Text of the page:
Karuana Gatimu: I'm sure that the folks, you know, the two MVPs that we lost, I know we had a moment of silence for one of the gentlemen here and then I was reading online. There was a second identified. You know, I know there's no silver lining for their family, but what I will say is that the depth of depravity that we're seeing in some of these violent attacks just makes the work we're doing in diversity, inclusion and belonging and empowering everyone, all the more important. I believe that the cornerstone of a lot of this strife comes from the inequality of class that exists around the world. You know, if you were in Venezuela is another situation, people are struggling for food, right? Like, if the, you know, I stood there just the other day, standing there looking at my pantry and it is overflowing with food. And there was a beautiful Time picture of the protests that are going on down there. And I was just thinking again, it's the luck of geography, right? And, you know, born here, living here, I can go to Safeway and go to the grocery store and get whatever I want, assuming that I have a job because not everyone here does. But I really think that we have to, and in technology in particular we can use technology to democratize opportunity. And I am so dedicated to that and I'm just so happy to work in a place where I know that the leadership is also dedicated to really empowering others. That's not just some, some mission statement. It's actually a thing.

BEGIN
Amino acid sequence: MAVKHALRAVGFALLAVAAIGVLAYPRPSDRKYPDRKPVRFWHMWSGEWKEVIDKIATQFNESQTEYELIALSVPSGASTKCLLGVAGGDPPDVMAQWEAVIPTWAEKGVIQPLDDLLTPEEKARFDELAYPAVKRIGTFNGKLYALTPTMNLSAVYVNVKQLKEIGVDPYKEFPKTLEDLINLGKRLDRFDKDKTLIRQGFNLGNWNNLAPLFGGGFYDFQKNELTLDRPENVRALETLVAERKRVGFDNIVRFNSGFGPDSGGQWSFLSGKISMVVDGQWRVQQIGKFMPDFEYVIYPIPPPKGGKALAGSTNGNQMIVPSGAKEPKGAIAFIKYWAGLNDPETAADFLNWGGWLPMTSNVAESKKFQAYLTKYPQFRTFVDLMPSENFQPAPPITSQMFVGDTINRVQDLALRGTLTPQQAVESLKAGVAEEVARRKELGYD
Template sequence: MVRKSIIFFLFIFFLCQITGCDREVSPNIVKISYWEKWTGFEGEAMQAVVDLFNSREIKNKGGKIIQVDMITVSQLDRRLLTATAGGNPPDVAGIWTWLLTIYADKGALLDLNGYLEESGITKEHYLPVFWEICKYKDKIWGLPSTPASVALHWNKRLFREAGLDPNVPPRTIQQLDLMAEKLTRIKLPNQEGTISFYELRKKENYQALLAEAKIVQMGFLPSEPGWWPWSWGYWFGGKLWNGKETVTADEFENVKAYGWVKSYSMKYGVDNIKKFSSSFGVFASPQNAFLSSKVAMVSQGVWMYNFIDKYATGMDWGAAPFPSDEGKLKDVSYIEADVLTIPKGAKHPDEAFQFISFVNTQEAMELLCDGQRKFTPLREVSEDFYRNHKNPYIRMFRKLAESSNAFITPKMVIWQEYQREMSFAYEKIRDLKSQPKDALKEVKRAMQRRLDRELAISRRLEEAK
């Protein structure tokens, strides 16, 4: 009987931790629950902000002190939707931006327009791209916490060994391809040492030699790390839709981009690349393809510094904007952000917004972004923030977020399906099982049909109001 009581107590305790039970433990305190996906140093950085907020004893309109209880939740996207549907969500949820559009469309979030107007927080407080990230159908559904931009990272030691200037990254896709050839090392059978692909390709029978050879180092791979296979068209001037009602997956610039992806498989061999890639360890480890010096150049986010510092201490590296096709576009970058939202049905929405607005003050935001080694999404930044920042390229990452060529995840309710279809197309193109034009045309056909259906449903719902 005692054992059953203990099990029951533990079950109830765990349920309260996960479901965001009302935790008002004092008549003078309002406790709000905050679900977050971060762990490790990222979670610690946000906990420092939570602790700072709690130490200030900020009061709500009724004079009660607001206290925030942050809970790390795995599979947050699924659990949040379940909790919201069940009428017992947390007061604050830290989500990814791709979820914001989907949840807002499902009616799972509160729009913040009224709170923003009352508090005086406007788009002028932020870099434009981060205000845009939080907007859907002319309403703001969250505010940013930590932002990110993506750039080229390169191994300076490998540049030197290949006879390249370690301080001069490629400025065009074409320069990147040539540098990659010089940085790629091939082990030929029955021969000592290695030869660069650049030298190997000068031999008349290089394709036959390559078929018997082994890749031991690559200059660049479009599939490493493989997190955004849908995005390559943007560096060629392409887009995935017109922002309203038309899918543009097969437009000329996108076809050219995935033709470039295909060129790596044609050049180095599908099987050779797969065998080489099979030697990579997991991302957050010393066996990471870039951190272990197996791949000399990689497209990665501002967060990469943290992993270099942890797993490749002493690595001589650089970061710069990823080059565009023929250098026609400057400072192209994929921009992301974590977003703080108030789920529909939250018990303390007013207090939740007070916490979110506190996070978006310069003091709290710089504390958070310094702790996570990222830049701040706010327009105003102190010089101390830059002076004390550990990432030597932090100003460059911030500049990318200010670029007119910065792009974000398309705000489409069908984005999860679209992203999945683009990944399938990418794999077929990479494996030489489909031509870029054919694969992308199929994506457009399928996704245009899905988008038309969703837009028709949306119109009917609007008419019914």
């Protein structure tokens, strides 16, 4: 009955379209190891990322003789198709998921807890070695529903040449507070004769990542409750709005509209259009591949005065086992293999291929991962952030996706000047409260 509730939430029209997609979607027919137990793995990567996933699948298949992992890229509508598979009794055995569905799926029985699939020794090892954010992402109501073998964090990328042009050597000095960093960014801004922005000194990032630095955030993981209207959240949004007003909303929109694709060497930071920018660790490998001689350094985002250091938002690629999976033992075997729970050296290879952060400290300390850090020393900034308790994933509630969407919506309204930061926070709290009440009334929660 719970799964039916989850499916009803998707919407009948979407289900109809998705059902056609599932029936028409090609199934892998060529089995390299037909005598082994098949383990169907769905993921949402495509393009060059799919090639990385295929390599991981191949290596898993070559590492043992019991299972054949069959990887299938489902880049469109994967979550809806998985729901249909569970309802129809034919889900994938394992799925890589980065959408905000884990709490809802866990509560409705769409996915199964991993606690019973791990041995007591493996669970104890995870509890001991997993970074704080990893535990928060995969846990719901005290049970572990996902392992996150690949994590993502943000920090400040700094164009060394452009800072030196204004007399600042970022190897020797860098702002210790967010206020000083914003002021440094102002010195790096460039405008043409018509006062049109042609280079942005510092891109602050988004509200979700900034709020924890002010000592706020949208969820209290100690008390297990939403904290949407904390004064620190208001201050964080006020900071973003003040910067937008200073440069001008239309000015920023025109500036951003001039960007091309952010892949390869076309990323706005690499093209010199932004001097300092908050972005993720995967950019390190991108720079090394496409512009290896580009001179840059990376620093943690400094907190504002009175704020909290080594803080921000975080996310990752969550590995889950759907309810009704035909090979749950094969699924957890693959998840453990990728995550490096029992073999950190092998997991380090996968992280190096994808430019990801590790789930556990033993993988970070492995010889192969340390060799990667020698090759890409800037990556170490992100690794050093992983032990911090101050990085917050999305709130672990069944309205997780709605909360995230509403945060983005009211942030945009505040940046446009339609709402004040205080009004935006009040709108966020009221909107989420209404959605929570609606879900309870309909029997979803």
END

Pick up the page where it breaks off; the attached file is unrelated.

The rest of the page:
Heather Newman: Yeah, absolutely. We have got more MVPs out and about. So I want to ask you one more question. We talked, we dipped into sort of personal life a bit. And just so I know how, I know your busy schedule, I mean you and I catch up like in brief text messages and on Teams and you know, this, that, yeah. Good. Yeah. Yeah. And then luckily we get to see each other in person quite a bit, but how do you turn off? How do you get away from things and you know, just take a moment and stuff?
Karuana Gatimu: It's really easy for me. I don't have a problem unplugging. I really never have.